Tuesday, 20 October 2015

Saag Paneer (Paneer Cheese and Spinach Curry)

A delicious Indian curry, not just for vegetarians!

This is a really comforting and tasty curry - fantastic on its own, or as part of a selections of Indian dishes.

Traditionally the paneer cheese is fried before adding to the curry, giving it a tasty golden crust on the outside and a soft, fluffy texture on the inside. A similar effect (with less calories, if you're counting) can be achieved by placing the cheese on some greaseproof paper on a tray, and placing under a hot grill to brown it a little on the outside, or if preferred you could just stir the cheese in at the end and heat it through to keep the calories down.

Serves three to four light portions (or more if served as a side dish), easily halved or doubled. Paneer is a very mild Indian cheese, which is easy to make yourself at home if you wish (although this needs to be done the day before), and no special equipment is needed.

Calories per serving if not frying paneer cheese: 204 for a quarter (if split into four portions), 272 per serving, if split between three portions.


  • 1 x 225g pack paneer cut into 2cm cubes [383 calories – BUT check the nutritional info on the pack - this is based on 170 calories per 100g, but it can vary a lot between different brands] or 1/2 quantity home-made paneer
  • 500g fresh spinach [125]
  • 1/2 tbsp ghee, or coconut/sunflower/vegetable oil [62]
  • ½ tsp fenugreek seeds [3]
  • 1 green chilli sliced, or 1 tsp chilli powder (or less to taste) [6]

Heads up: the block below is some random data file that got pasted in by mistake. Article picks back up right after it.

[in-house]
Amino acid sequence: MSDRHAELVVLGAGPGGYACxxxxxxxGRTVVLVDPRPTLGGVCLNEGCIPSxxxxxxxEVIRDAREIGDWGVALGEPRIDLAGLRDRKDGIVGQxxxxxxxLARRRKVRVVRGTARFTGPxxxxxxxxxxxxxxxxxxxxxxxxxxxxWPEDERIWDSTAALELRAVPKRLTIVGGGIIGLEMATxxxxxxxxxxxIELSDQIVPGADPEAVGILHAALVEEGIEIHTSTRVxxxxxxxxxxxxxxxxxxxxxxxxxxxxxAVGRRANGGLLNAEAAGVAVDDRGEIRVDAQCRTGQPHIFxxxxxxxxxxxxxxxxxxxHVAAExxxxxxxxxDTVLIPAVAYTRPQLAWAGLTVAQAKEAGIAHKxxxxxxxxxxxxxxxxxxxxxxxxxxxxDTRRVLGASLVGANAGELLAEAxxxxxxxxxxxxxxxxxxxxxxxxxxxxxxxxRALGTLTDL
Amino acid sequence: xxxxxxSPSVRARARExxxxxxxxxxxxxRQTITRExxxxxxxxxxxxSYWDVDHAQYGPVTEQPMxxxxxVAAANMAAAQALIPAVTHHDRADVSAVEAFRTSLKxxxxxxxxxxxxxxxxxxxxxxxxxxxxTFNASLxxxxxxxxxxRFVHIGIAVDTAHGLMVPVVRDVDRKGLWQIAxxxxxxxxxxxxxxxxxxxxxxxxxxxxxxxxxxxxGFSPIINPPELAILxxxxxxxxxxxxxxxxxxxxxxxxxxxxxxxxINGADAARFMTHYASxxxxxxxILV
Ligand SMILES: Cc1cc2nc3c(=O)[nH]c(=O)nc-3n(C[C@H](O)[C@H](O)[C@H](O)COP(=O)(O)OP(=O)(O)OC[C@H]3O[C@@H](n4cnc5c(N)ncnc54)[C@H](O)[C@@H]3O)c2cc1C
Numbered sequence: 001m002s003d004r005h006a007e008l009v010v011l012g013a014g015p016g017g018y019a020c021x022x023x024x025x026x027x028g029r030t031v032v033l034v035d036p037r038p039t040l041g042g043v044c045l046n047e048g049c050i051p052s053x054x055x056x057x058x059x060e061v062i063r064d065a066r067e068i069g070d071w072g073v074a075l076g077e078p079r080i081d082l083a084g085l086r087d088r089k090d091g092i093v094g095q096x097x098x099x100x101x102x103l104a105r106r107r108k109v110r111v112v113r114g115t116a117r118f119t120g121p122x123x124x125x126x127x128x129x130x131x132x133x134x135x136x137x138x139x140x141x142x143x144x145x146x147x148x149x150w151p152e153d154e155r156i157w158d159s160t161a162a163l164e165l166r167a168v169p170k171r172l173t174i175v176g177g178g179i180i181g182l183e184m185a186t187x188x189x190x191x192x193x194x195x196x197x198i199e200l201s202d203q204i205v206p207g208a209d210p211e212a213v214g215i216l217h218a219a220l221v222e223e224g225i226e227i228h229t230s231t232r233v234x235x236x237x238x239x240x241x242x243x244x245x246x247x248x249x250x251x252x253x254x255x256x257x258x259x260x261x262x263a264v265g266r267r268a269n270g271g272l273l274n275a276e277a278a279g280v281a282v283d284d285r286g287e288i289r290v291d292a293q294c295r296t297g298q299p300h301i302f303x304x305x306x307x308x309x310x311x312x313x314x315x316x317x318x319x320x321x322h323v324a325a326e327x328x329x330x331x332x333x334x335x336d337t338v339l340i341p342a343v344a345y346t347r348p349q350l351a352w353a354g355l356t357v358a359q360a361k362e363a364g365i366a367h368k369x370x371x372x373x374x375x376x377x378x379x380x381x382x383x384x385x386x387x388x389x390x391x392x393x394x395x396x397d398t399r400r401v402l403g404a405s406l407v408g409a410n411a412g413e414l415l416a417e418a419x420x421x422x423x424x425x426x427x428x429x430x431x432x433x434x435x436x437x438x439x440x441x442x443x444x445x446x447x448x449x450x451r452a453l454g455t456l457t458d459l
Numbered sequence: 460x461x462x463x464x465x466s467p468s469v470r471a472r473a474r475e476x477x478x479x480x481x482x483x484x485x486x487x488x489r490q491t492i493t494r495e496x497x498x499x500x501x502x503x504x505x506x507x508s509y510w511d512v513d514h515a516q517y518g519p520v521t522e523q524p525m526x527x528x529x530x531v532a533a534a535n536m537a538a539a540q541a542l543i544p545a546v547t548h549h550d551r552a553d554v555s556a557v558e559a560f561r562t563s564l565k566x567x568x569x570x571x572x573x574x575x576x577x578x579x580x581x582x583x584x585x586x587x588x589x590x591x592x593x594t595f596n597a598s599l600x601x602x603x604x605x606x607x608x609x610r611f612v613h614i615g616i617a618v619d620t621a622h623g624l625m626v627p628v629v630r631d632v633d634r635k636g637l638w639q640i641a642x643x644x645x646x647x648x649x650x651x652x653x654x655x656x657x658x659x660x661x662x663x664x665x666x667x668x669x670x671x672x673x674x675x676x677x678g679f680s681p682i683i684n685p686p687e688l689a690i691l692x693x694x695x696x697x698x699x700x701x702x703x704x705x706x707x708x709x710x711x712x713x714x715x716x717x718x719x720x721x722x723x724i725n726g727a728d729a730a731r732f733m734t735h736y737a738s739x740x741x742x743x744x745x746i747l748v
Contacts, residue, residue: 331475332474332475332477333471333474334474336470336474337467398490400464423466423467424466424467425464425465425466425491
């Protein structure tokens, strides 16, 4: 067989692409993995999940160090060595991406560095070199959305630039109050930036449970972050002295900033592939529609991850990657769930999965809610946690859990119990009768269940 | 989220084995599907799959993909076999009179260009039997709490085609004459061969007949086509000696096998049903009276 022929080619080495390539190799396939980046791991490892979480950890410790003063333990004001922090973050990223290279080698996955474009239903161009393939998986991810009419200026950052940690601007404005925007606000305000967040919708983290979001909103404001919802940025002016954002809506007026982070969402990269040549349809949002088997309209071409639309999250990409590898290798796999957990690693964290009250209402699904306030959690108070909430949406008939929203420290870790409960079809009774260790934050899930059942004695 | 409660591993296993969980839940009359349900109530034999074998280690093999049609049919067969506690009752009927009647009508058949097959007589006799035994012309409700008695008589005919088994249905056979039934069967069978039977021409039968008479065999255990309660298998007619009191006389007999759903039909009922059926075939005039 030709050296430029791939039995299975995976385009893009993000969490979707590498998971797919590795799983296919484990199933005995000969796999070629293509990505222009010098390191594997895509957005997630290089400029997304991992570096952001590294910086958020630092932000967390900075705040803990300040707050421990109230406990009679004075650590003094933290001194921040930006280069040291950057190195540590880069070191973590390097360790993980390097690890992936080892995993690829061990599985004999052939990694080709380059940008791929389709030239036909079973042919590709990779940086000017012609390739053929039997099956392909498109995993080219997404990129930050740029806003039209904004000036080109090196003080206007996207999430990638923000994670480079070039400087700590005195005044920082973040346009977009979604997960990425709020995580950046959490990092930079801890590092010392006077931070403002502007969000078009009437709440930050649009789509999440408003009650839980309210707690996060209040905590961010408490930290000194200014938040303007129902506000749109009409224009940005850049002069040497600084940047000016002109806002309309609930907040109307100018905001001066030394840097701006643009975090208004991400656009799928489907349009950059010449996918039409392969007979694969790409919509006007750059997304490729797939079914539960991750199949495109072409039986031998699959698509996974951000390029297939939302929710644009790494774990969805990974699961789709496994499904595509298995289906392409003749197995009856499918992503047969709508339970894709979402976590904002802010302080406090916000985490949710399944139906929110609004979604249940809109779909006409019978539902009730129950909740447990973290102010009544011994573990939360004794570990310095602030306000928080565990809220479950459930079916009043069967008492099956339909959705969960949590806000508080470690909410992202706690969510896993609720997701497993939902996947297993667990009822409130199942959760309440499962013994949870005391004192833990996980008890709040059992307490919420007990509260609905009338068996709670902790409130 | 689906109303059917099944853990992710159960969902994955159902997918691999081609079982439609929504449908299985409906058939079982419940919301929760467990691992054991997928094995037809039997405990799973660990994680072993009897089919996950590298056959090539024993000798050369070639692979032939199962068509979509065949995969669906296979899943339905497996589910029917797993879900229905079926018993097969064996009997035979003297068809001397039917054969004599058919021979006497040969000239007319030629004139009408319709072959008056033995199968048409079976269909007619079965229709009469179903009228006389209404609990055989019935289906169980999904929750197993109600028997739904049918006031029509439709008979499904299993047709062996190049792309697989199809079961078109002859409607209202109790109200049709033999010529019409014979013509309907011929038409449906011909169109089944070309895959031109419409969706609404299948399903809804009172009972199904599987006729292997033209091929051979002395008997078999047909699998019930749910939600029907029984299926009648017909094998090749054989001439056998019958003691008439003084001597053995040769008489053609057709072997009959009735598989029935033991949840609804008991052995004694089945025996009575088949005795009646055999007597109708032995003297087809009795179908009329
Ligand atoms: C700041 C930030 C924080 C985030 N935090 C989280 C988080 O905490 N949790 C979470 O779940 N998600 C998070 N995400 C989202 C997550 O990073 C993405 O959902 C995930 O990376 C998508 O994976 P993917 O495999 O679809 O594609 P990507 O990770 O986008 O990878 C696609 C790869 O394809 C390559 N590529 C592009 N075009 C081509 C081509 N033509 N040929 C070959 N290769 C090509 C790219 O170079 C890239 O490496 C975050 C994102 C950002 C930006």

• 2 medium red onions, finely sliced [82]
  • 5 cloves garlic, finely chopped or crushed [30]
  • 2 inches ginger root, peeled and grated [7]
  • 2 tsp garam masala [14]
  • 1/2 tsp turmeric [3]
  • 400g (one tin) chopped tomatoes [100]
  • Salt to taste (approx 1 - 2 tsp suits us)
  • Oil to fry the paneer in, if making the full fat version

If you want to make the paneer cheese yourself, then you need to make this the day before, as it needs pressing/weighting down overnight. You will require 2.5 litres of milk and 5 tbsp lemon juice – guidelines for making paneer cheese are in a separate blog. Home-made paneer cheese is more delicate than pre-bought, so you will need to be careful not to break it up when stirring the curry.

1. If you want to make the 'full fat' version and fry the paneer cheese, take a pan with a good non-stick coating and heat a couple of tbsp or so of oil in the bottom, then fry the cheese in batches until golden on the outside, and set aside on kitchen paper to drain. Otherwise you can set on greaseproof paper on a metal tray and grill until just getting some colour, or simply add to the curry as it is at stage 4. Set aside.

2. Blanch the spinach in boiling water for two minutes, then refresh under cold water in a colander (or sieve). Drain off as much water as you can, squeezing gently, and then chop the spinach roughly (some restaurants serve the spinach pureed into a smooth sauce, which you also could do if you prefer) and set aside.

3. Heat the oil in the pan, then add the onion, garlic, fenugreek and chilli frying gently for about five minutes until the onion is softened and beginning to brown slightly. Add the chopped tomatoes, ginger and garam masala and then simmer until the liquid has reduced and thickened, stirring occasionally.

4. Add the chopped spinach and paneer cubes, and heat through stirring gently and being careful not to break them up. Add salt to your taste.

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